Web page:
On behalf of the Director-General of FAO, Jacques Diouf, my colleagues and on my own behalf, I have the special pleasure in welcoming you all to the FAO Regional Office for Asia and the Pacific for the commemoration of this year’s World Food Day.
This is a special venue. To quote from the plaque outside, unveiled by the then Prime Minister of Thailand on 16 October 1981, on the occasion of the first World Food Day:
"These buildings, provided through the generosity of the Royal Thai government, symbolize a universal commitment to the basic human right to adequate food – a precept enshrined in all living faiths of our world – so people everywhere may rise to more humane standards of living in dignity, justice and peace”.
We are especially honoured by the presence of Her Royal Highness, Princess Maha Chakri Sirindhorn, whose gracious presence amongst us is a testimony to her and the Kingdom of Thailand’s true commitment and inspiration to our collective fight against hunger.
FAO has chosen the Right to Food as its World Food Day theme this year to draw attention to this essential, yet often overlooked, human right. Eleven years ago, at the 1996 World Food Summit, Heads of State and Government reaffirmed “the right of everyone to have access to safe and nutritious food, consistent with the right to adequate food and the fundamental right of everyone to be free from hunger”. They urged FAO "to propose ways to implement and realize these rights as a means of achieving the commitments and objectives of the World Food Summit, taking into account the possibility of formulating voluntary guidelines for food security for all."
The "Voluntary Guidelines on the Progressive Realization of the Right to Adequate Food in the Context of National Food Security” was adopted by the members of FAO in 2004. In the seven years that it took to arrive at the Voluntary Guidelines, our Asia Pacific region registered phenomenal success on the poverty alleviation front. Between 1996 and 2004, the prevalence of poverty in East Asia and the Pacific fell from 16 to 9 percent whilst in South Asia it came down from 36 to 31percent. However, in spite of such significant gains, Asia is still home to the majority of the world’s hungry people. FAO estimates that some 527 million people in our region suffer from non-acute hunger and are still deprived of their right to food – 300 million in South Asia, 163 million in East Asia and 64 million in South East Asia.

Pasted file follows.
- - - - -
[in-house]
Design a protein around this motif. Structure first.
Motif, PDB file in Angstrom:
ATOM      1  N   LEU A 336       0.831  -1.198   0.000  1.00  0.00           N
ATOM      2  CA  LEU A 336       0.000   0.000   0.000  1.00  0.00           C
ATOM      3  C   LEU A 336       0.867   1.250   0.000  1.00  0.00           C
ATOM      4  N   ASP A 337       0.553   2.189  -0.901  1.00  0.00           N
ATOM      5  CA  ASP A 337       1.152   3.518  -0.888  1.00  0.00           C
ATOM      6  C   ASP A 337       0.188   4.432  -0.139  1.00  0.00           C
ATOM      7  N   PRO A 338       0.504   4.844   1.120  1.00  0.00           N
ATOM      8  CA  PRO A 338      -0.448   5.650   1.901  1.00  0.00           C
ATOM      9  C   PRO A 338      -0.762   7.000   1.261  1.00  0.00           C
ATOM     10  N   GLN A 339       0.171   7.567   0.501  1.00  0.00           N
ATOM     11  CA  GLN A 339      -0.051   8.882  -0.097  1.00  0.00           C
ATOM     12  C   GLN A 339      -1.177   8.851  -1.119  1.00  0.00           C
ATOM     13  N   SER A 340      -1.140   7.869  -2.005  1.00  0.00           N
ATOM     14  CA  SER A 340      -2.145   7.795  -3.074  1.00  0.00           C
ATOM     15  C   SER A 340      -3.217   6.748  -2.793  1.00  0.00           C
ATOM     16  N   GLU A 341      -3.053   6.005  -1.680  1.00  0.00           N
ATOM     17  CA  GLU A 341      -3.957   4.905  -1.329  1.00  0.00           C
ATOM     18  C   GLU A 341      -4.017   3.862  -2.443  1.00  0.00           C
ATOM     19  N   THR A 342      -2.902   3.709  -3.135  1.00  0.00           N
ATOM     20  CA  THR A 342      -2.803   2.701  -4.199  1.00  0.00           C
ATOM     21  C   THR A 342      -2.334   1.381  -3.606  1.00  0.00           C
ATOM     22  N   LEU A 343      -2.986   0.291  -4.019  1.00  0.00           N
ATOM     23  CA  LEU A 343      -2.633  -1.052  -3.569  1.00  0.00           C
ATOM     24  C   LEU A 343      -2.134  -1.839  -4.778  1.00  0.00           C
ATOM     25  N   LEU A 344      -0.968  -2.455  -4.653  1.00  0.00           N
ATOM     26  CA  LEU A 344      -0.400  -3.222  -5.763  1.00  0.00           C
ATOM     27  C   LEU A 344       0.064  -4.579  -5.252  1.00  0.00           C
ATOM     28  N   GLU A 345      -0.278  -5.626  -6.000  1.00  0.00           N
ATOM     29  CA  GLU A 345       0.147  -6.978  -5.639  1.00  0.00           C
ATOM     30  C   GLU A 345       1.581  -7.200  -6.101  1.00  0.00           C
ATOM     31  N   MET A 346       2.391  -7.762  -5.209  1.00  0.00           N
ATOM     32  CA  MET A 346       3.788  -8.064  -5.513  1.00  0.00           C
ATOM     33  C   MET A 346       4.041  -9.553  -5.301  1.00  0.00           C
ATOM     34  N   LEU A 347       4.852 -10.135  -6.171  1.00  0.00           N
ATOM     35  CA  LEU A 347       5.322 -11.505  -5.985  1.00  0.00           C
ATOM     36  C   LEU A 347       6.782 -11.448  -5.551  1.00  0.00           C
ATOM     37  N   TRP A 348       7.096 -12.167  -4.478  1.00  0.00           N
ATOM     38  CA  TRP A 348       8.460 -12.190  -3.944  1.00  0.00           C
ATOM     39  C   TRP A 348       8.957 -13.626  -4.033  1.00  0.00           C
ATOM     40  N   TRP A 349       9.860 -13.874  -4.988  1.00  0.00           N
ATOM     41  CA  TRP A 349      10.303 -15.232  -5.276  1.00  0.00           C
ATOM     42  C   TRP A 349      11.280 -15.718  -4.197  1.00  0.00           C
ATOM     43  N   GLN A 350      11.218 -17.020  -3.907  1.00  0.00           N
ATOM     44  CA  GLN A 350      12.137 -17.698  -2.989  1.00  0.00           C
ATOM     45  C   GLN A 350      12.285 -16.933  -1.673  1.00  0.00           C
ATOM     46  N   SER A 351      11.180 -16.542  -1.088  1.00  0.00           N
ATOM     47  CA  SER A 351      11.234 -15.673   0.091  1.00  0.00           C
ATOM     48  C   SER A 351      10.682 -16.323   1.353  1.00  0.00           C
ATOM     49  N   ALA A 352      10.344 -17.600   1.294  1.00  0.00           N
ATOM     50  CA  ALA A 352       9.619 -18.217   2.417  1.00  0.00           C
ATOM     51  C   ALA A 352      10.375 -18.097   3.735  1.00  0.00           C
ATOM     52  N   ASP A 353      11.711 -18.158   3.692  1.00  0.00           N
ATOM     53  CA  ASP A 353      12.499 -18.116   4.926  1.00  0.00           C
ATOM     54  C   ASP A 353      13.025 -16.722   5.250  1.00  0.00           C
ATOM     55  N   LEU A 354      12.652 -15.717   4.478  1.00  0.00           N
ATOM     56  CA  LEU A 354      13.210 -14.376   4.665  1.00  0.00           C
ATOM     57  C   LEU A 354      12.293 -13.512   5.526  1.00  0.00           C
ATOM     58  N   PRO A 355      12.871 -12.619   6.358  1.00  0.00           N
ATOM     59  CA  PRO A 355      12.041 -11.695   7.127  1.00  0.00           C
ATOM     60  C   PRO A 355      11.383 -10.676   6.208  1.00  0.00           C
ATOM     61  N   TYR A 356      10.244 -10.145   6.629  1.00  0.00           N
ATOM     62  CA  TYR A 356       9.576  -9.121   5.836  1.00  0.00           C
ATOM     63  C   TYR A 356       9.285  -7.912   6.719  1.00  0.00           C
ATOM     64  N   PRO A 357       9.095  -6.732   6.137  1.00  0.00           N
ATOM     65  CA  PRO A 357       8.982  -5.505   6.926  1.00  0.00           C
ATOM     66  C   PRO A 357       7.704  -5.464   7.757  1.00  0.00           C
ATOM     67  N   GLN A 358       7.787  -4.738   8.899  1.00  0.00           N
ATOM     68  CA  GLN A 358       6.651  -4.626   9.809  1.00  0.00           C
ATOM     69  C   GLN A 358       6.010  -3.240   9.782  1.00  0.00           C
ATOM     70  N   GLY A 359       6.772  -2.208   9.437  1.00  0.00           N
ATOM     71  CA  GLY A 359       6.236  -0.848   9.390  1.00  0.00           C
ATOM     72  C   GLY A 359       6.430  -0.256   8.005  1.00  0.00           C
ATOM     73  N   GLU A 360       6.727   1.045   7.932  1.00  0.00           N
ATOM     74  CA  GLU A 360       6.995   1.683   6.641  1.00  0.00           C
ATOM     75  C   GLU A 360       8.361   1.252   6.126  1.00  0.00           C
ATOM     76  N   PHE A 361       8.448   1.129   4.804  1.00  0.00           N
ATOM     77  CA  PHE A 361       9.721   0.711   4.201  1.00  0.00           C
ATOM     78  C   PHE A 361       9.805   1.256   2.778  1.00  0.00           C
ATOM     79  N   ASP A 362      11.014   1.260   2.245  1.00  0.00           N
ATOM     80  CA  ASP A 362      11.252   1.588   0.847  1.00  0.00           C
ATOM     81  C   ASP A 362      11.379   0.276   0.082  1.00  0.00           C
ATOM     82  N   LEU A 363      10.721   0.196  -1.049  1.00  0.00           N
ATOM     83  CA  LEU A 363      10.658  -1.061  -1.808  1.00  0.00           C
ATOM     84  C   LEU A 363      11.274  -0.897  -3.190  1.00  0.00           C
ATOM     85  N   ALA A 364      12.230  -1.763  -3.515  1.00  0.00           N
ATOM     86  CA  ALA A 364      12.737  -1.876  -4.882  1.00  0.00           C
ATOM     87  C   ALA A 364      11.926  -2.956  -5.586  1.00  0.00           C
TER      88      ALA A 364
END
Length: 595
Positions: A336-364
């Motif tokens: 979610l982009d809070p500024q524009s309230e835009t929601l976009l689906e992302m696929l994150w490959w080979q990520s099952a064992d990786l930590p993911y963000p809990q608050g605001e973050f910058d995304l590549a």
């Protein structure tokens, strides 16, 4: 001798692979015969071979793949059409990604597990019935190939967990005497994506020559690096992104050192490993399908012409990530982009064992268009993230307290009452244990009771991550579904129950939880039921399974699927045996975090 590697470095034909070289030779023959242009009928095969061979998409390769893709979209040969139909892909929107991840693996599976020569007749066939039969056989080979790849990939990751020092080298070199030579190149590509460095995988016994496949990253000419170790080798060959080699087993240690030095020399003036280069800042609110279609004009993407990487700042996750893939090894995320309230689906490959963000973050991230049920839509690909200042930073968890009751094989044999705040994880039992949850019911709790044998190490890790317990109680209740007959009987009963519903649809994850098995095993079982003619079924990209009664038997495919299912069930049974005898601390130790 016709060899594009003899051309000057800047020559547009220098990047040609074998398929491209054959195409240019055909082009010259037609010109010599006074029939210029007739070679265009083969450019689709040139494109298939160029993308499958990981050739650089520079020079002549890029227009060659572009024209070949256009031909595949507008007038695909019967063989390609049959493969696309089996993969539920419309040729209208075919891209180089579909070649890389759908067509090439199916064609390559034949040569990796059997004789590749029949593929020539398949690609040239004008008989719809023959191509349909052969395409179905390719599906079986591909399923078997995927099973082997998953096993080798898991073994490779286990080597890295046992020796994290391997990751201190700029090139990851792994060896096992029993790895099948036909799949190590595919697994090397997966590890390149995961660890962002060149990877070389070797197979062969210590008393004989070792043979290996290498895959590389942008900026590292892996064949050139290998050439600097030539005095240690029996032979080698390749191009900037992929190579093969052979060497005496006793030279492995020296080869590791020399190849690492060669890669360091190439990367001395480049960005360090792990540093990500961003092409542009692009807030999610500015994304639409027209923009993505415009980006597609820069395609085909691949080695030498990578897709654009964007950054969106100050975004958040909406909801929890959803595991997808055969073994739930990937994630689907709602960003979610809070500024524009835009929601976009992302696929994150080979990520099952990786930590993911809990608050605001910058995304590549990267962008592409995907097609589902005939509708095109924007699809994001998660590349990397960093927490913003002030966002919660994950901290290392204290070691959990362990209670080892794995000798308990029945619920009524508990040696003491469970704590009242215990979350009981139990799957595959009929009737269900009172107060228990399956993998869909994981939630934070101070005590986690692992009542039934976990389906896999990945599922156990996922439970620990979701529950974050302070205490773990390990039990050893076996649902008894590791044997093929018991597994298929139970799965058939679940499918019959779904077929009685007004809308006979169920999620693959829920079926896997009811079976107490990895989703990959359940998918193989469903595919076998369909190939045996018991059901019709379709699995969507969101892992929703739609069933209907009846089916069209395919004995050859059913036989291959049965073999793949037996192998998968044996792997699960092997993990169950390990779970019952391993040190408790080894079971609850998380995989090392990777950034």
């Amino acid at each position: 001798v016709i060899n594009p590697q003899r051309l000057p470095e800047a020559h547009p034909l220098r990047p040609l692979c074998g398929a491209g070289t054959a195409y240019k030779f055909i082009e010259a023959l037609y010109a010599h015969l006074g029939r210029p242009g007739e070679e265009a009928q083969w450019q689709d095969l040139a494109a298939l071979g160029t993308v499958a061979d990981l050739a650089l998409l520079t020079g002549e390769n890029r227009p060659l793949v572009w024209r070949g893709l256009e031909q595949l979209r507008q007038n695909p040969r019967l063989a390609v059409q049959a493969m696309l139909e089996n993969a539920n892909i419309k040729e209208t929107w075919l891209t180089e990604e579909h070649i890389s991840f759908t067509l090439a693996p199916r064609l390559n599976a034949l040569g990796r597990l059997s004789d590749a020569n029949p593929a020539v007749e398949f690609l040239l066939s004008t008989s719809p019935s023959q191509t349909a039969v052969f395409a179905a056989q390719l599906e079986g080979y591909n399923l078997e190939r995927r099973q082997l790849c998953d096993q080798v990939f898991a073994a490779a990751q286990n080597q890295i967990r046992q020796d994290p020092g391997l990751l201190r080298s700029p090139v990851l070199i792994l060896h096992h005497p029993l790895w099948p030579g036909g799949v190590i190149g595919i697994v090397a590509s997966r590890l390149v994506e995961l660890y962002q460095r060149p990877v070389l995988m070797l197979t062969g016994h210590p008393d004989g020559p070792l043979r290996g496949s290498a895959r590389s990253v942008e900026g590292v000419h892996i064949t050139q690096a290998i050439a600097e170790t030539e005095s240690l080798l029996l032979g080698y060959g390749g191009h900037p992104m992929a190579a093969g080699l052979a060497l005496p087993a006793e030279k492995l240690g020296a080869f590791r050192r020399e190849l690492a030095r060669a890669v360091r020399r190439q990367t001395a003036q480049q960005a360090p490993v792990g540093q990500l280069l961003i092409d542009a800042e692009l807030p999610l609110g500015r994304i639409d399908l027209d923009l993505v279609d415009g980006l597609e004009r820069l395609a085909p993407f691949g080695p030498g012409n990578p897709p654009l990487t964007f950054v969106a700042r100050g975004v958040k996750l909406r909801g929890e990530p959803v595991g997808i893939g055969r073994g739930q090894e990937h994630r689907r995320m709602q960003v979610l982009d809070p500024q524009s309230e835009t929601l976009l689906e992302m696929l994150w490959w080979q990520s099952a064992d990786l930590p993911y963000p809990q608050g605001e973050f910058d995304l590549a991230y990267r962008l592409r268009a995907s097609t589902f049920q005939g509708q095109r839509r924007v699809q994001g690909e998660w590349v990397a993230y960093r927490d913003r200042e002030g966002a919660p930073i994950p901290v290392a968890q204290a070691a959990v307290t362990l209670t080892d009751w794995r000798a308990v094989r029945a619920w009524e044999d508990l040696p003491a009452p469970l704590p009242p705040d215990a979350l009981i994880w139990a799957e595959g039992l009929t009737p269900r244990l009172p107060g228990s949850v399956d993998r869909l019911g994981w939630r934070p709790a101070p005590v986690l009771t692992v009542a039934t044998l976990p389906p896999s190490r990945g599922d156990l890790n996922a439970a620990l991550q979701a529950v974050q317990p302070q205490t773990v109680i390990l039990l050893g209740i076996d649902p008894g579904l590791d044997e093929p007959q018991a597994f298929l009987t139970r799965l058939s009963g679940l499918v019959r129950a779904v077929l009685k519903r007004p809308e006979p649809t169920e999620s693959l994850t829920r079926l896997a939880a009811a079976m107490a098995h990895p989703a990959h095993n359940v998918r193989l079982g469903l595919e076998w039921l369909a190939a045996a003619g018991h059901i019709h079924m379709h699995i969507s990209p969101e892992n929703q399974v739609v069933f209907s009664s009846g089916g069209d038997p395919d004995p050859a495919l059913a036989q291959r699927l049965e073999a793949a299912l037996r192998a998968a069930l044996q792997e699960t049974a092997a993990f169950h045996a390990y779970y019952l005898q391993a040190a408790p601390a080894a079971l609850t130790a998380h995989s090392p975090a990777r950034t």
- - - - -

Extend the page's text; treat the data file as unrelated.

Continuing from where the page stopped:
The persistence of under-nourishment in the region, despite rapid economic growth, can mainly be attributed to the growing inequality in income and consumption in the majority of the countries in the region. Apparently the rich are getting richer faster which means that relatively poor individuals and households are not benefiting from or participating in economic growth to the same extent as richer individuals and households. The rise in inequality, of incomes as well as non-income dimensions such as education and health services, especially in rural areas of Asia, is a major cause for concern.
Clearly there is a need to address the policy bias against sectors and individuals in which the poor are engaged in. The low priority accorded to the rural sector, in particular low investment in human resources in agriculture-related employment opportunities, combined with growing degradation of natural resources, has led to stagnating productivity and earnings in the rural economy on which a large proportion of Asia’s population and even larger proportion of Asia’s poor depend. The situation has further exacerbated inequalities between the rich and the poor, rural and urban dwellers, creating adverse consequences for social coherence and harmony.
Circumstance based inequalities, which arise from social exclusion, lack of access to productive resources, educational services, health care, and lack of access to income and productivity enhancing employment opportunities for the poor need to be tackled urgently. It calls for a focus on improving governance, the improved delivery of basic health care and education services to the poor, strengthening social protection programmes and safety nets, and raising significantly the employment opportunities for and incomes of the poor if we are to ensure the progressive realization of the right to food.
We urgently need visionary economic policies and a conducive environment that promotes people-centred development, pro-poor growth; and encourages reforms related to rural institutions and laws; facilitates trade and investment as well as technology transfer that would dramatically reduce deprivation in the poorer countries. There is no better solution for securing the right to food for the poor other than empowering them with the capacity to enhance productivity and to eliminate poverty. We can no longer afford the gap, let alone further enlargement.
As the UN Special Rapporteur on the Right to Food has noted, progressive realization means that States must move as expeditiously as possible towards the realization of the rights. To this end they must use “the maximum of available resources,” which refers both to the resources available within a State and those available from the international community through international cooperation and assistance. In the Declaration of the World Food Summit: five years later, adopted in June 2002, world leaders called for an International Alliance Against Hunger (IAAH) to reinforce the efforts of all actors---governments, international organizations, academics, civil society organizations and the private sector-- to achieve the World Food Summit target no later than 2015. This alliance should be invoked to launch an all out war on hunger in Asia, and elsewhere, so that the right to food can soon become a reality for all.